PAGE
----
"When dawn spreads its paintbrush on the plain, spilling purple... ," Songs of the Pioneers song from TV show "Wagon Train." Dawn on the mythic Santa Fe Trail, New Mexico, looking toward Raton from Cimarron. -- Clarkphoto. A curmudgeon's old-fashioned newspaper column, cross-breeding metaphors and journalism and art, for readers in 150 countries.

Wednesday, March 28, 2012

Speaking of Geezers


 “Latch on to the old geezers and sop up all you can from them.”
That’s my advice to my journalism students, and anyone else for that matter.
I’ve been fortunate to count five special people who had huge influences on my life and career as a teacher and journalist. What they had in common was a passion for their work, an interest in hard-working younger people, huge amounts of experience in their fields, a desire to keep learning with an eye on the future and change, and no sense of being old.
Every field of work and living has people like these, and I know you can think of some: a seamstress, a cook, an auto mechanic, a mother, a cattleman, a store owner, a piano player, a school teacher. Just by being around them you’d learn about their craft. They would take you under their wings and guide you with wisdom and experience; but they had enough confidence in you to let you try and fail until you found your own wings.
Mentor’s a big buzz word in education right now, but long ago I figured out if I really wanted to learn my craft, I would find these people and “sit at their feet,” as they used to say. But with my mentors, sitting was the last thing you could do--they were busy.


"Latch on to the old geezers..." 
    
My last mentor, Harry Heath of OSU, the dean of Oklahoma journalism, forgot more about journalism than I know. He was the embodiment of the journalist-scholar, with extensive experience in media, and a scholarly attitude to boot. Always thirsty for knowledge, he never quit writing; retirement was not in his vocabulary. From him I learned to love Oklahoma journalism and journalists.
    Before him was my partner in publishing, Donald J. Morrison of the Waurika News-Democrat. He was committed to his town and family newspaper in a way best described as “from the old school.” From him I learned that small weekly newspapers can accomplish great things--like The Corps of Engineers’ Waurika Lake. He gave up a plush public relations job to come back to the small town and run the family paper. He didn’t make as much, but he could say, “I’m my own man.” 
    Callaway Buckley, executive editor of the Duncan (OK) Banner, could chew you out and 15 minutes later praise you, because he was a stickler for serious work. From Cal, a consummate newsman, I learned a passion for timely, accurate news coverage.
Henry Africa didn’t have a degree but was in charge of the University of Iowa Linotype school, a field obsolete even in the early 1960s. Henry knew the past and future--teaching me--a graduate student--more about the entire process of journalism than anyone. I learned not to be wedded to technology--that technology always changes, and content is most important. Do things the right way, and learn to adapt.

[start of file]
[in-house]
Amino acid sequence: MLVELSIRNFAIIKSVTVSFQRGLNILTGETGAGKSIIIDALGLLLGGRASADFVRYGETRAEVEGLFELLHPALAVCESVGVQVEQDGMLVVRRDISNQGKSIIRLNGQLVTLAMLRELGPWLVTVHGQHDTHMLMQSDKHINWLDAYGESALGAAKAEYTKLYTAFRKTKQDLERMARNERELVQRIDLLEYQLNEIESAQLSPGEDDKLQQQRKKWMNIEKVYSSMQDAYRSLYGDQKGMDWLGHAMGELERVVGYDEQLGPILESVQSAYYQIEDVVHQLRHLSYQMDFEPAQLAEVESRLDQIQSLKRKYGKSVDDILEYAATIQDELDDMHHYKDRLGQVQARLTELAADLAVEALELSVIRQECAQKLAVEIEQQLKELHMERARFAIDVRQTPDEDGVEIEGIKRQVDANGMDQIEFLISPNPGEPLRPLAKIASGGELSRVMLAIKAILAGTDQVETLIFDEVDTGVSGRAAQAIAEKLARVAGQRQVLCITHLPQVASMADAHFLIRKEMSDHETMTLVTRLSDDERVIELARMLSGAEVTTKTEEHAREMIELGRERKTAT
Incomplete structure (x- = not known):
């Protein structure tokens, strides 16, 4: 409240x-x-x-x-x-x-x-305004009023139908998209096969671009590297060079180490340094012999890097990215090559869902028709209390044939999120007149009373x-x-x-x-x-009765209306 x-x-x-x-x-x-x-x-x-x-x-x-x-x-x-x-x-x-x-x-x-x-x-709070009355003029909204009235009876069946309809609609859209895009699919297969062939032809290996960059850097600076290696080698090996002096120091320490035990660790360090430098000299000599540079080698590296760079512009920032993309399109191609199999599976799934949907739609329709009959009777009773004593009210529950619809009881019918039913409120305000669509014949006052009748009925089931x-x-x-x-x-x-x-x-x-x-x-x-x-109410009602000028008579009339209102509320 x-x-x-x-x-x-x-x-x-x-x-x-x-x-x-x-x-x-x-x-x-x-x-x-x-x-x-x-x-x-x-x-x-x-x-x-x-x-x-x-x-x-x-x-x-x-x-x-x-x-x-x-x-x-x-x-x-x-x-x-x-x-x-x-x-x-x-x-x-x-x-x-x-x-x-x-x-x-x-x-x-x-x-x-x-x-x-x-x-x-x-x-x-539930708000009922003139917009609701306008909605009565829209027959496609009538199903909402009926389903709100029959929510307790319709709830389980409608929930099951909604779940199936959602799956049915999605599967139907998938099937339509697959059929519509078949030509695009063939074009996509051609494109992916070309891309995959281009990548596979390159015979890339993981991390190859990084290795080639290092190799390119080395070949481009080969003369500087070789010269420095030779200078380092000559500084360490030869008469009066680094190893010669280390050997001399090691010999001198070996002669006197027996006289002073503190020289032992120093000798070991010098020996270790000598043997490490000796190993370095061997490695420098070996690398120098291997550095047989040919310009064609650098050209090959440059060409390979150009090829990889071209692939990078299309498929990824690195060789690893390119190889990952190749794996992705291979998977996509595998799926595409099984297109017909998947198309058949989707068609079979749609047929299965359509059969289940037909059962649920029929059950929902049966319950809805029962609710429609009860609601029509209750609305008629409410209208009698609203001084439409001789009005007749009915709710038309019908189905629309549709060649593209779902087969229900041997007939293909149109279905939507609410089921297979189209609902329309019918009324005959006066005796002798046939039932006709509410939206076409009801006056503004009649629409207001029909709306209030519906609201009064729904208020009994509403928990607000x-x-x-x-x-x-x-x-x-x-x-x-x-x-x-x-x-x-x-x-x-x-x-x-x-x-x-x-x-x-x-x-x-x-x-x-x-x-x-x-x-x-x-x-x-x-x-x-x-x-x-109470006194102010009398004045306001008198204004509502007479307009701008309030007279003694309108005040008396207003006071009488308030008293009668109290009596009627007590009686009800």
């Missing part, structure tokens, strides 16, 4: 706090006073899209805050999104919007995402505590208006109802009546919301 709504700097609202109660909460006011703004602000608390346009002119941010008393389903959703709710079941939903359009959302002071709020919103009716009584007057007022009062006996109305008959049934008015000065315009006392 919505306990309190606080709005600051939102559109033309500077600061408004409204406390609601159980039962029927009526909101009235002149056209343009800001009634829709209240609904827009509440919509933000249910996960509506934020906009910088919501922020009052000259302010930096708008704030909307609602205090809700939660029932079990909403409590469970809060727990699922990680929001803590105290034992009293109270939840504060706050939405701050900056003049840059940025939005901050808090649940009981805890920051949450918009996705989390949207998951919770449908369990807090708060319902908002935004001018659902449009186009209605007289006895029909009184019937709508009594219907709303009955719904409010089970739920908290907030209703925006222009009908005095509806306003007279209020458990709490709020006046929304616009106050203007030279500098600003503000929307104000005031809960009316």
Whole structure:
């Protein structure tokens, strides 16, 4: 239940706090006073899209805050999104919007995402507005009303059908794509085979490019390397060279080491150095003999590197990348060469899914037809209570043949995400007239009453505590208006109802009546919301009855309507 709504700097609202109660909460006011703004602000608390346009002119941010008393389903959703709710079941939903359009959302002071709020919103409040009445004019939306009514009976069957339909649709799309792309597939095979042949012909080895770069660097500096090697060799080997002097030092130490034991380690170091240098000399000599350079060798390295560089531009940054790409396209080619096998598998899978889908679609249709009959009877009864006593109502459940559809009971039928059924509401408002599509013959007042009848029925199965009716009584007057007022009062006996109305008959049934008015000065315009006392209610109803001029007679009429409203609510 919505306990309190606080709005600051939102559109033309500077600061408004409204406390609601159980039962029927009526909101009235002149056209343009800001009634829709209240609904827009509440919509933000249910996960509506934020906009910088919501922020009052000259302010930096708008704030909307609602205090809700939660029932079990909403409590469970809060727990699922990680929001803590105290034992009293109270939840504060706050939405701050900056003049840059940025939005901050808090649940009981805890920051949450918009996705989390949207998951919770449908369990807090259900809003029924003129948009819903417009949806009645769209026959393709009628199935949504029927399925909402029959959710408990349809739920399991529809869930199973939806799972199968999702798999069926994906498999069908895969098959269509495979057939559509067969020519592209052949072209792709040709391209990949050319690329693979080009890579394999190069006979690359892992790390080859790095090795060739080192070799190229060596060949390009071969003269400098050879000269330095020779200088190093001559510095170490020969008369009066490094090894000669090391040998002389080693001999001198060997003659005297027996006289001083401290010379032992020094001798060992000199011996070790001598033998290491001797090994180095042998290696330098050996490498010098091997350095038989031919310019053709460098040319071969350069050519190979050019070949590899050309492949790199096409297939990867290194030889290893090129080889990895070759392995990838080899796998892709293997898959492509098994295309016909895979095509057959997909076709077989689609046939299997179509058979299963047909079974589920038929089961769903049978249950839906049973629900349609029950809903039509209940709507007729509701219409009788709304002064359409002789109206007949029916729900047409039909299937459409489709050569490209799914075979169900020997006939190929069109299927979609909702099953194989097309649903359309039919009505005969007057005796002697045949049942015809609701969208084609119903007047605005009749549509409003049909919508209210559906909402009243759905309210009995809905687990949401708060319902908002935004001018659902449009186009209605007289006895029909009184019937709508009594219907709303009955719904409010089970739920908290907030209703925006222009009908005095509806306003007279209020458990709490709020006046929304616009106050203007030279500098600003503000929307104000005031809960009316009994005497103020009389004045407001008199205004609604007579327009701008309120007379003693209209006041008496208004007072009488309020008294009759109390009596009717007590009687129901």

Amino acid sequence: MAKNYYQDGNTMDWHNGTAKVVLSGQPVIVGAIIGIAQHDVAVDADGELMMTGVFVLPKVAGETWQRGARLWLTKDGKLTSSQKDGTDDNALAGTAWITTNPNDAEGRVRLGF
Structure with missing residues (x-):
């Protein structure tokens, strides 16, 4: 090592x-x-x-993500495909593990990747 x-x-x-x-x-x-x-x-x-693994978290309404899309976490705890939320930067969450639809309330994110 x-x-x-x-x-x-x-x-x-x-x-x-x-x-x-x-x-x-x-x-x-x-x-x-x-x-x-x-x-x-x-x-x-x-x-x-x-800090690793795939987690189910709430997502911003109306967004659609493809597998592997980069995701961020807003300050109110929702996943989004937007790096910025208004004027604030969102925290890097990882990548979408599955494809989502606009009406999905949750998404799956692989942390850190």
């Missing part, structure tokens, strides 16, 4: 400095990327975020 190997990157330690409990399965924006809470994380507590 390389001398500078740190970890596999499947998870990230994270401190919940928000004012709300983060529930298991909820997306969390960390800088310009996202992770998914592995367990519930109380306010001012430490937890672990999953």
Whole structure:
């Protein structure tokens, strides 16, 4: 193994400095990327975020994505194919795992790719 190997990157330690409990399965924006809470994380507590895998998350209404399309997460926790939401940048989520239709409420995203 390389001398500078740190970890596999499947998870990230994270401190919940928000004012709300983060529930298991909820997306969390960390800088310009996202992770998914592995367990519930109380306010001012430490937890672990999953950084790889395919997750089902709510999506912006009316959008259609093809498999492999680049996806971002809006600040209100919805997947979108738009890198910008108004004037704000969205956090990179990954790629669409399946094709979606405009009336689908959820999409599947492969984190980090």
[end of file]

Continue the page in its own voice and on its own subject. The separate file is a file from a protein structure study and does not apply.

Terrence Miller Clark, father and artist. He taught me to see beauty, and to apply its principles in everything I work at. He also , by osmosis really--by being around art and always trying to draw something, prepared me for my current passion, watercolor painting.
They’re all dead, but live on in the lives of others. I’m fortunate to be a disciple of these men. It’s sort of sad to think that I’m getting too old to have any more mentors--the years just sort of slipped by. I keep thinking that some day I’ll be described as such by some students, and, after 20 years in the business and 25 in college teaching, I guess  I am  getting to be an old geezer myself. One  former student already saucily addresses me as, "Hey Geezer."
Despite the fancy talk about mentors these days, there isn’t much practical instruction out there for journalism students or journalists. A tragedy in many newsrooms with high turnover  and staff cutbacks and "early retirements " is that there are few long-term news people with enough crust to help out new reporters. The same is true in higher education, or any field.


"You need 'new blood,' but  'old blood' too."

In every organization  and endeavor , you need new blood, but you need old blood too. Everybody  desperately needs old geezers with rich memories to pass on the wisdom and experience not found in books or employee manuals.
As I look out over the students this semester, I’ll tell them, if they want to be a success, they need to latch onto the old geezers--the more wrinkles they have, the more stories they can tell, the more experience and wisdom they have--they’ve traveled enough miles to become interesting.
I hope they’ll take that advice from this old geezer.


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